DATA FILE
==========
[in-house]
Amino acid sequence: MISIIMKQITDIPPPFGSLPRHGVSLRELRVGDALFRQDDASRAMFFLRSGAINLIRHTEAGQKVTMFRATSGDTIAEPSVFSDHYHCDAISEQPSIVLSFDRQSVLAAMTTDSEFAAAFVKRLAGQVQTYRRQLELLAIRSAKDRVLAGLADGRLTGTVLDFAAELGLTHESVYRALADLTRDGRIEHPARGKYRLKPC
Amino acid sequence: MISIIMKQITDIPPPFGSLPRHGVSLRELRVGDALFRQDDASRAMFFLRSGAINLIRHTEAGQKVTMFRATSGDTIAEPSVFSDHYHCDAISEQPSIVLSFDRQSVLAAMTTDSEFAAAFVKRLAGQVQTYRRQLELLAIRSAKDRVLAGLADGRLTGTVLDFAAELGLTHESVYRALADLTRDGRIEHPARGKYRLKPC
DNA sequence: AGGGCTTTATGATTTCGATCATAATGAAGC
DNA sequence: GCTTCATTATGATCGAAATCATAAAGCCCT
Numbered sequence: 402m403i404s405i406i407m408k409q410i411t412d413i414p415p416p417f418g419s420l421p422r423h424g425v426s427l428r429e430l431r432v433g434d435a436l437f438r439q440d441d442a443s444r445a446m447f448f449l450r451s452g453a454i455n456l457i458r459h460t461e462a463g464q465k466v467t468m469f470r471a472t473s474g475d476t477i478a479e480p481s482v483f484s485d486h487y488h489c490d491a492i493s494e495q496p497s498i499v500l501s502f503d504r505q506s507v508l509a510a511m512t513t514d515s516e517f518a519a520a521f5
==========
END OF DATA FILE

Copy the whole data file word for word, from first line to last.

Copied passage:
[in-house]
Amino acid sequence: MISIIMKQITDIPPPFGSLPRHGVSLRELRVGDALFRQDDASRAMFFLRSGAINLIRHTEAGQKVTMFRATSGDTIAEPSVFSDHYHCDAISEQPSIVLSFDRQSVLAAMTTDSEFAAAFVKRLAGQVQTYRRQLELLAIRSAKDRVLAGLADGRLTGTVLDFAAELGLTHESVYRALADLTRDGRIEHPARGKYRLKPC
Amino acid sequence: MISIIMKQITDIPPPFGSLPRHGVSLRELRVGDALFRQDDASRAMFFLRSGAINLIRHTEAGQKVTMFRATSGDTIAEPSVFSDHYHCDAISEQPSIVLSFDRQSVLAAMTTDSEFAAAFVKRLAGQVQTYRRQLELLAIRSAKDRVLAGLADGRLTGTVLDFAAELGLTHESVYRALADLTRDGRIEHPARGKYRLKPC
DNA sequence: AGGGCTTTATGATTTCGATCATAATGAAGC
DNA sequence: GCTTCATTATGATCGAAATCATAAAGCCCT
Numbered sequence: 402m403i404s405i406i407m408k409q410i411t412d413i414p415p416p417f418g419s420l421p422r423h424g425v426s427l428r429e430l431r432v433g434d435a436l437f438r439q440d441d442a443s444r445a446m447f448f449l450r451s452g453a454i455n456l457i458r459h460t461e462a463g464q465k466v467t468m469f470r471a472t473s474g475d476t477i478a479e480p481s482v483f484s485d486h487y488h489c490d491a492i493s494e495q496p497s498i499v500l501s502f503d504r505q506s507v508l509a510a511m512t513t514d515s516e517f518a519a520a521f5